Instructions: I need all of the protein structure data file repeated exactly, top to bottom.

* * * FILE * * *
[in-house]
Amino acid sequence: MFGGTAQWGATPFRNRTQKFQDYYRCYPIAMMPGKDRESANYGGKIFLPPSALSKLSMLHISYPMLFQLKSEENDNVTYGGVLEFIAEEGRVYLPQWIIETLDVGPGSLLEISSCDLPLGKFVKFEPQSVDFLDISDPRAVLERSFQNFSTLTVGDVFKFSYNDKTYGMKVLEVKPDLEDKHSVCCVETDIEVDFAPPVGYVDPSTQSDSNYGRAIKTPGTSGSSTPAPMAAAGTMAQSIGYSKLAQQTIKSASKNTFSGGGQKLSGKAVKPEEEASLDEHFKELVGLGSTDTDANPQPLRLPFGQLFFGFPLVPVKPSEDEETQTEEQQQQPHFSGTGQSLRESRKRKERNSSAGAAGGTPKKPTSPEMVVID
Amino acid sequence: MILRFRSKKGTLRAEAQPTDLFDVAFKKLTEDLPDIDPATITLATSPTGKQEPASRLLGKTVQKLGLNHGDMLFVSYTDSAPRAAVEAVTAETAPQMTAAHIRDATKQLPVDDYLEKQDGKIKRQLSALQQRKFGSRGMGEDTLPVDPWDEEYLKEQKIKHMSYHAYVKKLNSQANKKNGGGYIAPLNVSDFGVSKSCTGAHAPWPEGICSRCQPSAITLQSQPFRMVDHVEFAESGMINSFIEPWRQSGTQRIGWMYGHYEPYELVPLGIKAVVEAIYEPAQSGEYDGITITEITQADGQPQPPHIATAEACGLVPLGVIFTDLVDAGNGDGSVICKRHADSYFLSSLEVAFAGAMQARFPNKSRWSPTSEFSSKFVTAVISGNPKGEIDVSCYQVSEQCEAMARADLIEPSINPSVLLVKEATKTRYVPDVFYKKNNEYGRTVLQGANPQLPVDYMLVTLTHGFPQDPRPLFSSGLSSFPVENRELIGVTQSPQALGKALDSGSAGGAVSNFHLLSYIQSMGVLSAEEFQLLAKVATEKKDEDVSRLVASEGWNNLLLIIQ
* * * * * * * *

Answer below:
[in-house]
Amino acid sequence: MFGGTAQWGATPFRNRTQKFQDYYRCYPIAMMPGKDRESANYGGKIFLPPSALSKLSMLHISYPMLFQLKSEENDNVTYGGVLEFIAEEGRVYLPQWIIETLDVGPGSLLEISSCDLPLGKFVKFEPQSVDFLDISDPRAVLERSFQNFSTLTVGDVFKFSYNDKTYGMKVLEVKPDLEDKHSVCCVETDIEVDFAPPVGYVDPSTQSDSNYGRAIKTPGTSGSSTPAPMAAAGTMAQSIGYSKLAQQTIKSASKNTFSGGGQKLSGKAVKPEEEASLDEHFKELVGLGSTDTDANPQPLRLPFGQLFFGFPLVPVKPSEDEETQTEEQQQQPHFSGTGQSLRESRKRKERNSSAGAAGGTPKKPTSPEMVVID
Amino acid sequence: MILRFRSKKGTLRAEAQPTDLFDVAFKKLTEDLPDIDPATITLATSPTGKQEPASRLLGKTVQKLGLNHGDMLFVSYTDSAPRAAVEAVTAETAPQMTAAHIRDATKQLPVDDYLEKQDGKIKRQLSALQQRKFGSRGMGEDTLPVDPWDEEYLKEQKIKHMSYHAYVKKLNSQANKKNGGGYIAPLNVSDFGVSKSCTGAHAPWPEGICSRCQPSAITLQSQPFRMVDHVEFAESGMINSFIEPWRQSGTQRIGWMYGHYEPYELVPLGIKAVVEAIYEPAQSGEYDGITITEITQADGQPQPPHIATAEACGLVPLGVIFTDLVDAGNGDGSVICKRHADSYFLSSLEVAFAGAMQARFPNKSRWSPTSEFSSKFVTAVISGNPKGEIDVSCYQVSEQCEAMARADLIEPSINPSVLLVKEATKTRYVPDVFYKKNNEYGRTVLQGANPQLPVDYMLVTLTHGFPQDPRPLFSSGLSSFPVENRELIGVTQSPQALGKALDSGSAGGAVSNFHLLSYIQSMGVLSAEEFQLLAKVATEKKDEDVSRLVASEGWNNLLLIIQ